I recently wrote this article for Trend Tablet. I fell hard for the dyed vintage textiles of Palma based Espanyolet and it was such a pleasure to be able to meet them in person when I arrived in Mallorca. The subtleties of color and texture are incredible and their collaboration inspiring.
During a sabbatical year in 2014, Melissa Rosenbauer & Thomas Bossert, who met while working in New York City, spent time in Bali where they learned about textile dying and printing techniques, and “rediscovered the joys of working with our hands,” as their website states. Full of inspiration from their travels and encounters, they decided to settle in Mallorca in 2015 to launch their slow batch, hand-dyed textile and handmade ceramics business. When it came to deciding on a name for the business, their first instinct was to call it Cloth and Clay after the two materials that drive their passion and creativity. But as they looked out at the view around them, with the fading Majorcan light reflecting off of the glowing terracotta buildings, lush vegetation and blue sky, it seemed fitting to call it espanoylet, after their new neighborhood which was providing so much of their color palette inspiration. Goldenrod, almond blossom pink, sea wash greens and deep charcoals, all pay homage to the beauty and richness of the Majorcan landscape
For the range of bed covers, pillows, and blankets, espanoylet sources only quality vintage linen fabrics from across Europe, such as Spain, France, and Romania, each of which has its own weight, weave pattern, texture, and natural color, so the dyes and process are adapted to fit each style. For example, Melissa says, “the vintage French linen is very fine and with an “optic white” color so it lends itself to our lighter, finer & more delicate colors like almond blossom pink. On the other hand, some of the vintage Spanish linens are highly textured, rustic, and irregular so we can play a bit more with stronger color.” Once the hue is determined, the dye is mixed with algae giving it a gel-like effect that allows them to paint directly onto the fabric with brushes rather then dipping, creating their signature painterly style that offers more interesting gradations, tones, and textures. One favorite color palette of the designers is Marsala. Originally they were looking to capture that vibrant pink of bougainvillea which surrounds not only their studio, but much of Mallorca. What happened was that during the curing process which is done outside, the sun faded the color, creating a more eroded, muted effect that they ended up loving even more because it worked better with the fabrics. From here they began adding other colors to the batch like chocolate brown, grey or yellow, creating a range of pinks from a deep coral pink to light peach, and which has become one of their most popular colors.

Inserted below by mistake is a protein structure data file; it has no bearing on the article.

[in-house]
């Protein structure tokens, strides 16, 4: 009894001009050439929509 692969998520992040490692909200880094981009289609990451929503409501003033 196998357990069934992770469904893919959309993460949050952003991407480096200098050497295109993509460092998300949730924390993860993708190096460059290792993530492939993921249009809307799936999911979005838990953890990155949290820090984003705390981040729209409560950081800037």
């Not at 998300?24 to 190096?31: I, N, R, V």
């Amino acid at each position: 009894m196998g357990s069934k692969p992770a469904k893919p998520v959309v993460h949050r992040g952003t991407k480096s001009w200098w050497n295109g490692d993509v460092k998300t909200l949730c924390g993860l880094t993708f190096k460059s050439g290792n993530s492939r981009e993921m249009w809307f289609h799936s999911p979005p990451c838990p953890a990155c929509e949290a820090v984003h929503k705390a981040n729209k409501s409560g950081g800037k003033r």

The ceramics were added soon after the fabrics. Thomas hand forms each of the unique boards which are perfect for serving cheese and ham for an aperitif, as well as just looking gorgeous while sitting on the the table. There are two lines in the ceramic collection so far: Agua which borrows from the vintage lined texture of the textile line and is painted with turquoises, blues, and greens, and the Tierra line, which is black-volcanic ash-like clay that evokes the rocky soil of the island. www.espanyolet.com